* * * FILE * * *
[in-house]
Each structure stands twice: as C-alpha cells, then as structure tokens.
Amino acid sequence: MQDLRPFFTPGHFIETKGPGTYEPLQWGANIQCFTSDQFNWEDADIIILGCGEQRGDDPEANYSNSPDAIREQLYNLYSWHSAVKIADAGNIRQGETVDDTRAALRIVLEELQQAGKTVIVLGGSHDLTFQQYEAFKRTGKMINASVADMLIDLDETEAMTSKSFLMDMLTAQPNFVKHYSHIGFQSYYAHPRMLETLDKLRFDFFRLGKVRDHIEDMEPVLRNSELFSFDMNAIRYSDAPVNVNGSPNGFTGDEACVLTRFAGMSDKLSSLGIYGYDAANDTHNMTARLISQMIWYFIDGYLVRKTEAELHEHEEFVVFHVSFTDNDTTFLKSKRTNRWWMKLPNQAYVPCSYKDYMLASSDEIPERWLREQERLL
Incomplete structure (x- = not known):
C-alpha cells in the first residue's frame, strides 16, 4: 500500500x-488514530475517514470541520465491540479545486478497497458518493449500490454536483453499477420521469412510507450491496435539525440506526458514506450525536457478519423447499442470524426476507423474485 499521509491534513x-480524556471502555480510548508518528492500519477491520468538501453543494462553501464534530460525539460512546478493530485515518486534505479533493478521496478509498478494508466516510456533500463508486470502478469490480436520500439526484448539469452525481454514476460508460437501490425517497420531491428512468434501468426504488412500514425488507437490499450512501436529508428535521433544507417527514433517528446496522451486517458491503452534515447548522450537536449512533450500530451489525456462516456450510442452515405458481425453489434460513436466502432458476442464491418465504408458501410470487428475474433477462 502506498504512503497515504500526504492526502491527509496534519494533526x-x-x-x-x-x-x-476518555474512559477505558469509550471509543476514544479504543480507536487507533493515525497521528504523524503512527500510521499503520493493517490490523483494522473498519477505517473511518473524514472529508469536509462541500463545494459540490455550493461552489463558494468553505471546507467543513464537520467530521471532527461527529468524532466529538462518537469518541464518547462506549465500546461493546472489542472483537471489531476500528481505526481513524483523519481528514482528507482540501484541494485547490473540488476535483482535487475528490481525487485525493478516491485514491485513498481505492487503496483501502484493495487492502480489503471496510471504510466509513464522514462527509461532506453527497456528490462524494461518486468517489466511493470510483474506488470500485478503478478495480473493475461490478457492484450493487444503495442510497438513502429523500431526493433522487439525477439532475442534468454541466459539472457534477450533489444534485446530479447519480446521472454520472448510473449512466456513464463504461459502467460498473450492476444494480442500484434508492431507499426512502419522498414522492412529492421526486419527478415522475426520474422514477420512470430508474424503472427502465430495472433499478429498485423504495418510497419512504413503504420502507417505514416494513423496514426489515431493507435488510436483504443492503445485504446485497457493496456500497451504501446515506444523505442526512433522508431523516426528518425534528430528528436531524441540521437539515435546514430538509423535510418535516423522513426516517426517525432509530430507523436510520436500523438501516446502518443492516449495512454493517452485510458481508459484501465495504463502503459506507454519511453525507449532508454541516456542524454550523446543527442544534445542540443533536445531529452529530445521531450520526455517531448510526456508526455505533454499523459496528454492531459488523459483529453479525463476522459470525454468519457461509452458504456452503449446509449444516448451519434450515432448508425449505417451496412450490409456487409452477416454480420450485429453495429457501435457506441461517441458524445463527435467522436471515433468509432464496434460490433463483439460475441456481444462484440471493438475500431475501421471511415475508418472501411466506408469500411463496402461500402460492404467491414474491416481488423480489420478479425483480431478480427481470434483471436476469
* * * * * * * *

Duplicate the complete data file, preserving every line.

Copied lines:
[in-house]
Each structure stands twice: as C-alpha cells, then as structure tokens.
Amino acid sequence: MQDLRPFFTPGHFIETKGPGTYEPLQWGANIQCFTSDQFNWEDADIIILGCGEQRGDDPEANYSNSPDAIREQLYNLYSWHSAVKIADAGNIRQGETVDDTRAALRIVLEELQQAGKTVIVLGGSHDLTFQQYEAFKRTGKMINASVADMLIDLDETEAMTSKSFLMDMLTAQPNFVKHYSHIGFQSYYAHPRMLETLDKLRFDFFRLGKVRDHIEDMEPVLRNSELFSFDMNAIRYSDAPVNVNGSPNGFTGDEACVLTRFAGMSDKLSSLGIYGYDAANDTHNMTARLISQMIWYFIDGYLVRKTEAELHEHEEFVVFHVSFTDNDTTFLKSKRTNRWWMKLPNQAYVPCSYKDYMLASSDEIPERWLREQERLL
Incomplete structure (x- = not known):
C-alpha cells in the first residue's frame, strides 16, 4: 500500500x-488514530475517514470541520465491540479545486478497497458518493449500490454536483453499477420521469412510507450491496435539525440506526458514506450525536457478519423447499442470524426476507423474485 499521509491534513x-480524556471502555480510548508518528492500519477491520468538501453543494462553501464534530460525539460512546478493530485515518486534505479533493478521496478509498478494508466516510456533500463508486470502478469490480436520500439526484448539469452525481454514476460508460437501490425517497420531491428512468434501468426504488412500514425488507437490499450512501436529508428535521433544507417527514433517528446496522451486517458491503452534515447548522450537536449512533450500530451489525456462516456450510442452515405458481425453489434460513436466502432458476442464491418465504408458501410470487428475474433477462 502506498504512503497515504500526504492526502491527509496534519494533526x-x-x-x-x-x-x-476518555474512559477505558469509550471509543476514544479504543480507536487507533493515525497521528504523524503512527500510521499503520493493517490490523483494522473498519477505517473511518473524514472529508469536509462541500463545494459540490455550493461552489463558494468553505471546507467543513464537520467530521471532527461527529468524532466529538462518537469518541464518547462506549465500546461493546472489542472483537471489531476500528481505526481513524483523519481528514482528507482540501484541494485547490473540488476535483482535487475528490481525487485525493478516491485514491485513498481505492487503496483501502484493495487492502480489503471496510471504510466509513464522514462527509461532506453527497456528490462524494461518486468517489466511493470510483474506488470500485478503478478495480473493475461490478457492484450493487444503495442510497438513502429523500431526493433522487439525477439532475442534468454541466459539472457534477450533489444534485446530479447519480446521472454520472448510473449512466456513464463504461459502467460498473450492476444494480442500484434508492431507499426512502419522498414522492412529492421526486419527478415522475426520474422514477420512470430508474424503472427502465430495472433499478429498485423504495418510497419512504413503504420502507417505514416494513423496514426489515431493507435488510436483504443492503445485504446485497457493496456500497451504501446515506444523505442526512433522508431523516426528518425534528430528528436531524441540521437539515435546514430538509423535510418535516423522513426516517426517525432509530430507523436510520436500523438501516446502518443492516449495512454493517452485510458481508459484501465495504463502503459506507454519511453525507449532508454541516456542524454550523446543527442544534445542540443533536445531529452529530445521531450520526455517531448510526456508526455505533454499523459496528454492531459488523459483529453479525463476522459470525454468519457461509452458504456452503449446509449444516448451519434450515432448508425449505417451496412450490409456487409452477416454480420450485429453495429457501435457506441461517441458524445463527435467522436471515433468509432464496434460490433463483439460475441456481444462484440471493438475500431475501421471511415475508418472501411466506408469500411463496402461500402460492404467491414474491416481488423480489420478479425483480431478480427481470434483471436476469